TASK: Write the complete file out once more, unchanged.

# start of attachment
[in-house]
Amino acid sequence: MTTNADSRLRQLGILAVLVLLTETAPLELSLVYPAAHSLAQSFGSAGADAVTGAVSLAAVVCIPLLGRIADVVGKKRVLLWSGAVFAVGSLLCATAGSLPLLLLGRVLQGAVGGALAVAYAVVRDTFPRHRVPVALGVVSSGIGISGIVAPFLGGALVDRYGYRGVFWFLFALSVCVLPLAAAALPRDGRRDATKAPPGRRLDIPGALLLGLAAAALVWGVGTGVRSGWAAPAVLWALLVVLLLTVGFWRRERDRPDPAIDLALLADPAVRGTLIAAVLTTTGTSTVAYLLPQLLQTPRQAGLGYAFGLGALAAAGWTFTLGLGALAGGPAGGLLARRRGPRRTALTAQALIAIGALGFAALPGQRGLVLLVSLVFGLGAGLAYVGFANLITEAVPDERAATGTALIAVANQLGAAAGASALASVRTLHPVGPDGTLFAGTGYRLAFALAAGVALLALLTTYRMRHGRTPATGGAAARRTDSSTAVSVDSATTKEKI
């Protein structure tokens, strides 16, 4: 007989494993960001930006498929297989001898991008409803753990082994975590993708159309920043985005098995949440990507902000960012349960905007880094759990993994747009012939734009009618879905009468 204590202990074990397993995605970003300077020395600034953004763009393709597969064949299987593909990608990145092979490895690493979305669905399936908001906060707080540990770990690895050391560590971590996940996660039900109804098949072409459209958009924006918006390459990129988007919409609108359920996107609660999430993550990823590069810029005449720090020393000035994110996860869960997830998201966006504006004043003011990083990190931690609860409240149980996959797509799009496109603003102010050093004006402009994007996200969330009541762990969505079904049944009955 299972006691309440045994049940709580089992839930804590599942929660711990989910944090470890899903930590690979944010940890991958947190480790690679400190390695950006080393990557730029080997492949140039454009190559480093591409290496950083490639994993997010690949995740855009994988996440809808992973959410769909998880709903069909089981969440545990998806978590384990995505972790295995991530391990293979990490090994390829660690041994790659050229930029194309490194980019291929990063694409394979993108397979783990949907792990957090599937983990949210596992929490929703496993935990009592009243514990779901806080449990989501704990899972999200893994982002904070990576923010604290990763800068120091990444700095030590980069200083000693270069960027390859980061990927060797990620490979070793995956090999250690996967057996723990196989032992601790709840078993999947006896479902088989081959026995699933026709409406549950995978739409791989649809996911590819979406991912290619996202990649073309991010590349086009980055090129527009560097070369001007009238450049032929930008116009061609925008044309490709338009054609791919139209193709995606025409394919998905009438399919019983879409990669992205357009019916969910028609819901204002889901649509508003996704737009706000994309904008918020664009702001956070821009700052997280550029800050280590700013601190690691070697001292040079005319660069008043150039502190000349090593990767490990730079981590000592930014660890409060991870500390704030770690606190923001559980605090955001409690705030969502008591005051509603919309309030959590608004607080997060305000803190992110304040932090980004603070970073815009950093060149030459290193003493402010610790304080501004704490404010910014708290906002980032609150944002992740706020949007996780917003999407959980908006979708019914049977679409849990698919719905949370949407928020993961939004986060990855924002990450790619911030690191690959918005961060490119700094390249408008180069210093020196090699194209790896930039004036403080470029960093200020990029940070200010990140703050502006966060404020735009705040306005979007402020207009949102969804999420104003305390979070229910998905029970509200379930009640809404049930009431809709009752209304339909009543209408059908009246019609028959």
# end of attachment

[in-house]
Amino acid sequence: MTTNADSRLRQLGILAVLVLLTETAPLELSLVYPAAHSLAQSFGSAGADAVTGAVSLAAVVCIPLLGRIADVVGKKRVLLWSGAVFAVGSLLCATAGSLPLLLLGRVLQGAVGGALAVAYAVVRDTFPRHRVPVALGVVSSGIGISGIVAPFLGGALVDRYGYRGVFWFLFALSVCVLPLAAAALPRDGRRDATKAPPGRRLDIPGALLLGLAAAALVWGVGTGVRSGWAAPAVLWALLVVLLLTVGFWRRERDRPDPAIDLALLADPAVRGTLIAAVLTTTGTSTVAYLLPQLLQTPRQAGLGYAFGLGALAAAGWTFTLGLGALAGGPAGGLLARRRGPRRTALTAQALIAIGALGFAALPGQRGLVLLVSLVFGLGAGLAYVGFANLITEAVPDERAATGTALIAVANQLGAAAGASALASVRTLHPVGPDGTLFAGTGYRLAFALAAGVALLALLTTYRMRHGRTPATGGAAARRTDSSTAVSVDSATTKEKI
């Protein structure tokens, strides 16, 4: 007989494993960001930006498929297989001898991008409803753990082994975590993708159309920043985005098995949440990507902000960012349960905007880094759990993994747009012939734009009618879905009468 204590202990074990397993995605970003300077020395600034953004763009393709597969064949299987593909990608990145092979490895690493979305669905399936908001906060707080540990770990690895050391560590971590996940996660039900109804098949072409459209958009924006918006390459990129988007919409609108359920996107609660999430993550990823590069810029005449720090020393000035994110996860869960997830998201966006504006004043003011990083990190931690609860409240149980996959797509799009496109603003102010050093004006402009994007996200969330009541762990969505079904049944009955 299972006691309440045994049940709580089992839930804590599942929660711990989910944090470890899903930590690979944010940890991958947190480790690679400190390695950006080393990557730029080997492949140039454009190559480093591409290496950083490639994993997010690949995740855009994988996440809808992973959410769909998880709903069909089981969440545990998806978590384990995505972790295995991530391990293979990490090994390829660690041994790659050229930029194309490194980019291929990063694409394979993108397979783990949907792990957090599937983990949210596992929490929703496993935990009592009243514990779901806080449990989501704990899972999200893994982002904070990576923010604290990763800068120091990444700095030590980069200083000693270069960027390859980061990927060797990620490979070793995956090999250690996967057996723990196989032992601790709840078993999947006896479902088989081959026995699933026709409406549950995978739409791989649809996911590819979406991912290619996202990649073309991010590349086009980055090129527009560097070369001007009238450049032929930008116009061609925008044309490709338009054609791919139209193709995606025409394919998905009438399919019983879409990669992205357009019916969910028609819901204002889901649509508003996704737009706000994309904008918020664009702001956070821009700052997280550029800050280590700013601190690691070697001292040079005319660069008043150039502190000349090593990767490990730079981590000592930014660890409060991870500390704030770690606190923001559980605090955001409690705030969502008591005051509603919309309030959590608004607080997060305000803190992110304040932090980004603070970073815009950093060149030459290193003493402010610790304080501004704490404010910014708290906002980032609150944002992740706020949007996780917003999407959980908006979708019914049977679409849990698919719905949370949407928020993961939004986060990855924002990450790619911030690191690959918005961060490119700094390249408008180069210093020196090699194209790896930039004036403080470029960093200020990029940070200010990140703050502006966060404020735009705040306005979007402020207009949102969804999420104003305390979070229910998905029970509200379930009640809404049930009431809709009752209304339909009543209408059908009246019609028959």